Happy 40th anniversary, Dungeons & Dragons, from all your grateful geeks

Raise your hand if you too squandered your youth on polyhedral dice and inscrutable role playing

It wasn't a slow news day for those scouring the Web's wooly fringes for the asinine and arcane. In the end, I had five topics to choose from: (1) Incredibly obvious scientific studies, (2) the highly creepy and cold-sweat-inducing news that Apple is patenting technology designed to target ads based not just on behavior but also on your mood, (3) the budding church of Kanye West, or (4) how (and why) the Pentagon is saving BlackBerry.

Then I happened upon choice number 5: the realization that it's the 40th anniversary of Dungeons and Dragons. That clinched it.

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Seeing how my demographic tends to be geeks in varying stages of age or decay (and a surprisingly large contingent of incarcerated females with low standards and histories of violence against men and animals), I know D&D has figured significantly in many of our lives, especially the complete lack of nonplatonic dates until college -- and that's being generous. However, if you suggest this to an old-timey player, he'll regale you with tales of high school flesh exploitation that would make Tiger Woods pale, even as the raconteur's nasal dimensions quadruple and his pants spontaneously combust.

Yes, our group, like most, did have some girls playing, but we didn't realize one of them was a woman until two years in, and the other set her own ground rules, including who could and couldn't make eye contact with her. We happily complied.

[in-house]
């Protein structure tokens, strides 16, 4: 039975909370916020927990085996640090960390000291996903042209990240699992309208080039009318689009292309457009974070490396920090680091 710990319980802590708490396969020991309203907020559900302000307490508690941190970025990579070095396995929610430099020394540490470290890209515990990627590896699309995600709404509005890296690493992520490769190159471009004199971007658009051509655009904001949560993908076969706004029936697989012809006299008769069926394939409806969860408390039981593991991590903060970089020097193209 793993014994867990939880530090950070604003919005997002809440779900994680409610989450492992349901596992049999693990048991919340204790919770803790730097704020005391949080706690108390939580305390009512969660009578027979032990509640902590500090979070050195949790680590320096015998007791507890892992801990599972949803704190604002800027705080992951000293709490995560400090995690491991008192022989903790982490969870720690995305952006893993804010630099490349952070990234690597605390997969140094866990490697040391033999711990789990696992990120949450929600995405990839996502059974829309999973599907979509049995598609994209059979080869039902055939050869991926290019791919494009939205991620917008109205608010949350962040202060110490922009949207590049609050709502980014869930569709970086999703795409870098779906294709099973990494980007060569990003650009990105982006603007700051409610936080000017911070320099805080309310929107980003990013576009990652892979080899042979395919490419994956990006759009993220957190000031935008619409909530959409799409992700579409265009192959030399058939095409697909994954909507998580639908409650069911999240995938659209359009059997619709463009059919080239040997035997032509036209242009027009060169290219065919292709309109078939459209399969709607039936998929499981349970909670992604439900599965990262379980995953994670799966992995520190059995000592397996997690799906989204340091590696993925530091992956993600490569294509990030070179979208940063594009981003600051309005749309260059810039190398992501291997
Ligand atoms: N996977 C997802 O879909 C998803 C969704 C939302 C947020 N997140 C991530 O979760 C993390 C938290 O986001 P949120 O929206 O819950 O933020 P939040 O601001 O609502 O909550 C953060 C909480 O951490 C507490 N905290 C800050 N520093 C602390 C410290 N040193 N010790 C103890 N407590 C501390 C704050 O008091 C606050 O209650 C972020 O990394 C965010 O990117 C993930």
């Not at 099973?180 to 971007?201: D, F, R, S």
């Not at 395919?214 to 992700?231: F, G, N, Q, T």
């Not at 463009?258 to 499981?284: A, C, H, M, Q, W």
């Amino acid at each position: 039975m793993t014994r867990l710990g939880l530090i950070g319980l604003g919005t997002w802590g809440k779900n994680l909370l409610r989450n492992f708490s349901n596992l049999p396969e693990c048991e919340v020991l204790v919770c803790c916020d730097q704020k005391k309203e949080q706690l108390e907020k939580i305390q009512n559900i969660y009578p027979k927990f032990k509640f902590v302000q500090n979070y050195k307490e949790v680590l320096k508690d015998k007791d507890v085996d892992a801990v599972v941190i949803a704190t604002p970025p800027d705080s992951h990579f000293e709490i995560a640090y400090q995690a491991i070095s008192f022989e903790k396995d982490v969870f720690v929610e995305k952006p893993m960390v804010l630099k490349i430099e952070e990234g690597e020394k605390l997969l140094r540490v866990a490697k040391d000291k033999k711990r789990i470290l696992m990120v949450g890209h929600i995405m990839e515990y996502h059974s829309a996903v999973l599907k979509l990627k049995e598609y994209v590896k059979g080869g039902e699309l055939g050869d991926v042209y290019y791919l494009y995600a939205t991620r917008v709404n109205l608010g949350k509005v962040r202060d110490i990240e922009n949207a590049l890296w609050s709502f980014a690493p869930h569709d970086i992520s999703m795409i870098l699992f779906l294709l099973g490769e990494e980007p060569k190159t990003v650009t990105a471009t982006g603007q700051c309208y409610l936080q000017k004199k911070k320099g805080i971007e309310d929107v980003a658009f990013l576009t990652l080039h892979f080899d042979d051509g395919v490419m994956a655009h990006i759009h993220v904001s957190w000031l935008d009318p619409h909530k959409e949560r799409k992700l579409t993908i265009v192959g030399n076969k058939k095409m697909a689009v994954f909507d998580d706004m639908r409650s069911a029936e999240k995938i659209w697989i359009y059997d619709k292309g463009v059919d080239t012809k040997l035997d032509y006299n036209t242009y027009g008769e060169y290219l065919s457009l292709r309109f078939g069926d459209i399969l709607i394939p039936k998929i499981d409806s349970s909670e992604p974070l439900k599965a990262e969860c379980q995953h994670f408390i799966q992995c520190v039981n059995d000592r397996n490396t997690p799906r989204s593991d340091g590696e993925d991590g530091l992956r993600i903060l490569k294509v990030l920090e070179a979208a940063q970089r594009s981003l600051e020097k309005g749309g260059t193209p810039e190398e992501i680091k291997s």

If you've never played the game, here is my very brief description (you're welcome, America): Picture a group of social outcasts in denial sitting at a pizza-box laden table pretending to be various medieval/Tolkienesque creatures in story lines invented by the Dungeon Master, also known as the Chief Virgin, but where the player's fantasy characters have free will -- or at least think they do.

Everyone attempts to play their character with attitude, and success is determined by an array of different-colored and different-sized die generally stored in blue Crown Royal bags, as well as weird voices from both players and the CV. A typical session can last up to 36 hours, during which time we all enthusiastically agree that this was way more fun than going to the prom and engaging in normal human interaction.

Hip to be square

The game has come back into vogue in recent years as many celebrities have come out of the dice bag and admitted that they, too, used to (or even still) roll the plastic polyhedrons: rock band Nine Inch Nails, Vin Diesel, Kevin Smith, Ben Affleck, Matt Damon, Stephen Colbert, Tom Hanks, and supposedly Darryl Hannah, among quite a few others. The general consensus among these folks is that it's a fantastic activity for creative types and pretty much taught them all they needed to know about life.

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